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Raquel Oliva CLASS
Helping Others on Her Way to Graduation: Idaho Falls Student Gives Back
As a first-generation college student, Raquel Oliva started off her college career a little unsure of herself. Now, as she approaches graduation at the Idaho Falls campus of the University of Idaho, she is making great strides to help and encourage others who may not be thinking of going to college.
“When I first started school, I was really unsure of the whole process and I didn’t realize there were resources out there to help me,” says Oliva. “As I got further into university life and received more help, I saw that I could make a difference in other students’ lives – I could be a role model."
From the small town of Firth, Idaho and the first in her family to graduate college, Oliva is trying to reach out to students in low income and/or minority groups who are not on the college-bound track.
“She has done really well here,” says Debbie Caudle, University of Idaho Idaho Falls undergraduate academic adviser. “She helps the underdog, she always has a smile on her face and she is determined; she is an inspiration to other students.
In between her studies and work at a sister institution – Idaho State University Idaho Falls – Oliva has found time to work with a variety of middle schoolers for the “Celebrate Your Future” event geared toward minority students, she interns with the TRiO program at Idaho Falls and Emerson high schools, works with eighth graders at Rocky Mountain Middle School and is involved in the Idaho Virtual Academy.
“It can be a lot of work, but when I see the kids get excited about learning, it’s worth it,” says Oliva. “I really want to encourage these students to succeed, to think about college as an option.”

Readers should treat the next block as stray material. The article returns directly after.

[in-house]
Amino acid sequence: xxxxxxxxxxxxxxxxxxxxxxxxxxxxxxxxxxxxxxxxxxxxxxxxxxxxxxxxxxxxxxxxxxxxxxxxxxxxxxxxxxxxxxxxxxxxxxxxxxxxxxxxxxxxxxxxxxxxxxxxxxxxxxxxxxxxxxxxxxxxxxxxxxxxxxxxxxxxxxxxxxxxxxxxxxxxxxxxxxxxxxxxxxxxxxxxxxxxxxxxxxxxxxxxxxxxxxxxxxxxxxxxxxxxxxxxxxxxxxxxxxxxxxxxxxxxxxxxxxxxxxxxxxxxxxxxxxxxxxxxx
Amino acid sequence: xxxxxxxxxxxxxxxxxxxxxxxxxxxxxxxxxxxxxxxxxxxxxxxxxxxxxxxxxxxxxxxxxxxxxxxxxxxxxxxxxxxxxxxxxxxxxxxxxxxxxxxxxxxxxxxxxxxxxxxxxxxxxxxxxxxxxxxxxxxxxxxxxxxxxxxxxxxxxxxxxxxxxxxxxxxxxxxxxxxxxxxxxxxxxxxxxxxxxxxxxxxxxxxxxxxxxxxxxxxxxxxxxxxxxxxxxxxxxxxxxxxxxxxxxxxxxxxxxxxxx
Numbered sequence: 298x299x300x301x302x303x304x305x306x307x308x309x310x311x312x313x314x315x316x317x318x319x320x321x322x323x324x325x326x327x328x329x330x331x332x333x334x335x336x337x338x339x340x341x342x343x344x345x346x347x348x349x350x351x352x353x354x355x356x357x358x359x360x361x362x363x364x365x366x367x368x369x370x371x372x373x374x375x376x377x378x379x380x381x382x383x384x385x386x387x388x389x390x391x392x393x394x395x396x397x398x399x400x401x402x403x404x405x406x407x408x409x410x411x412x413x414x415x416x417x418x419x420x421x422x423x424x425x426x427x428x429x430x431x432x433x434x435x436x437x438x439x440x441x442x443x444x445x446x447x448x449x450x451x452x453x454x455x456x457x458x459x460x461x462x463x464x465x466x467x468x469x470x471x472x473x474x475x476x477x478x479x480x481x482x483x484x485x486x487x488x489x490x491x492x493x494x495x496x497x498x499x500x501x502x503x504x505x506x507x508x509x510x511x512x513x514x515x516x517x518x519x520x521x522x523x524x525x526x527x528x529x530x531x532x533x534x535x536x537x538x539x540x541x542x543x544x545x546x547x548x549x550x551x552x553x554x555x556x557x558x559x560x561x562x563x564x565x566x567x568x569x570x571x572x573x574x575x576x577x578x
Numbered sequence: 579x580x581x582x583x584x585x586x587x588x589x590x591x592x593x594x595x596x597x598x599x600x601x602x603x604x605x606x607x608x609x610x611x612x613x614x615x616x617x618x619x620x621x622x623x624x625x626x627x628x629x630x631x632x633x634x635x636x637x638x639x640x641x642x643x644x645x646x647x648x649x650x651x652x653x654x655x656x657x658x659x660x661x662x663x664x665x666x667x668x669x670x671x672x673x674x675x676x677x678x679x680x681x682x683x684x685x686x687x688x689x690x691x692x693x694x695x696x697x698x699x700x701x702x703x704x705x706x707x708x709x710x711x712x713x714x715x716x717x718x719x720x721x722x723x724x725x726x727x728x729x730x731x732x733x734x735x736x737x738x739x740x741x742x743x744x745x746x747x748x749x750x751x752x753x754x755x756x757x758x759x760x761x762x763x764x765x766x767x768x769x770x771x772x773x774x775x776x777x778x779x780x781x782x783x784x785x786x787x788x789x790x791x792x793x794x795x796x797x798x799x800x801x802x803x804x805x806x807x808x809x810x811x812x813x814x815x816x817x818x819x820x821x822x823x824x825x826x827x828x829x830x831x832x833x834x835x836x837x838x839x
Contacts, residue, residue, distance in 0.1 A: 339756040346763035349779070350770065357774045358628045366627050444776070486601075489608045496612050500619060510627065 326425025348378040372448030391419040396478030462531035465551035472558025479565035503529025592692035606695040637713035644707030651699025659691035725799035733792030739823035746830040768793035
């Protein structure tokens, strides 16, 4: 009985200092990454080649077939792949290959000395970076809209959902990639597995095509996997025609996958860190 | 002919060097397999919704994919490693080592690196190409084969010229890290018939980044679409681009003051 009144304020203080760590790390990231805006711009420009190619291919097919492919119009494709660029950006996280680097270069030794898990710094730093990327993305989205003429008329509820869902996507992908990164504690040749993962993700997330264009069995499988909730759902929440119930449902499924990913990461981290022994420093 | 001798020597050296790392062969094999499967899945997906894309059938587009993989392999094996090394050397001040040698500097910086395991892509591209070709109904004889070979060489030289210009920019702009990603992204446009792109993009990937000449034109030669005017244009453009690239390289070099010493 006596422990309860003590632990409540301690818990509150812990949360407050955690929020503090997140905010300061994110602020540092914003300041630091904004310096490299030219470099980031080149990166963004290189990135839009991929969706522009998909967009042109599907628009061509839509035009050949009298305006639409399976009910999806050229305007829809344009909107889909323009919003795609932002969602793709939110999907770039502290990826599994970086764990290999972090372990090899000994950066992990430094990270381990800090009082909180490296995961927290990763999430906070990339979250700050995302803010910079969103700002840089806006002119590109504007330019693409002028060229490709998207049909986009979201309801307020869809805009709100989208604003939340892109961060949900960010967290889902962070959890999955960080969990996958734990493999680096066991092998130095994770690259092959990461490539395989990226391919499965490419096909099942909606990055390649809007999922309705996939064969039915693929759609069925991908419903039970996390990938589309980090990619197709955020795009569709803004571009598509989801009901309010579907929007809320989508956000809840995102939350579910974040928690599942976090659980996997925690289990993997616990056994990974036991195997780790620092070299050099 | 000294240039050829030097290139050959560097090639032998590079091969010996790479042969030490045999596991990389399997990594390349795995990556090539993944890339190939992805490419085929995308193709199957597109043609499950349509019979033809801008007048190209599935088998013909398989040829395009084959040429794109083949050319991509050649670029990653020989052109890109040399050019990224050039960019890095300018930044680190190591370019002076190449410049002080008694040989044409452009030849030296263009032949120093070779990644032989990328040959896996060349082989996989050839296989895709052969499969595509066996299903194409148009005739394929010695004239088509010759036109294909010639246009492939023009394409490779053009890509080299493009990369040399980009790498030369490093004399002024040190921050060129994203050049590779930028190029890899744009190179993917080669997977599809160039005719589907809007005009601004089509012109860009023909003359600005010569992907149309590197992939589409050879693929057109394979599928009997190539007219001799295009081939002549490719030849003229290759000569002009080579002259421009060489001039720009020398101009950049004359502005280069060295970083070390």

Oliva had not thought much about college in high school, nor was encouraged to, and was working in a potato plant and fast food restaurant with no real thought or preparation for college after high school graduation.
“I knew this couldn’t be it, I knew I could do more,” says Oliva, adding school has been a challenge at times. “As I got further in my studies, I felt that I couldn’t quit. I needed something to show for all my hard work and time.”
With her internship, her volunteer efforts, school work and job, Oliva says going to a university so close to home has been a great experience, where she can stay close to her tight-knit family.
“I’m a small town girl, and I love being on a smaller campus where everyone knows everyone,” says Oliva. “I’m really attached to my family so being close to them is a real benefit.”
She adds the flexibility of taking smaller, on campus classes mixed with online classes was very beneficial to her learning style, adding it takes a lot of self-discipline.
While it has taken Oliva eight years to earn her bachelor’s degree in psychology, she is planning to take a year off before pursuing a master’s degree, which will help her become either a school counselor or work with TRiO at the university level.
“She’s a very confident, capable young woman,” says Caudle. “She will go on to do amazing things with her life, and the lives of those whom she inspires.”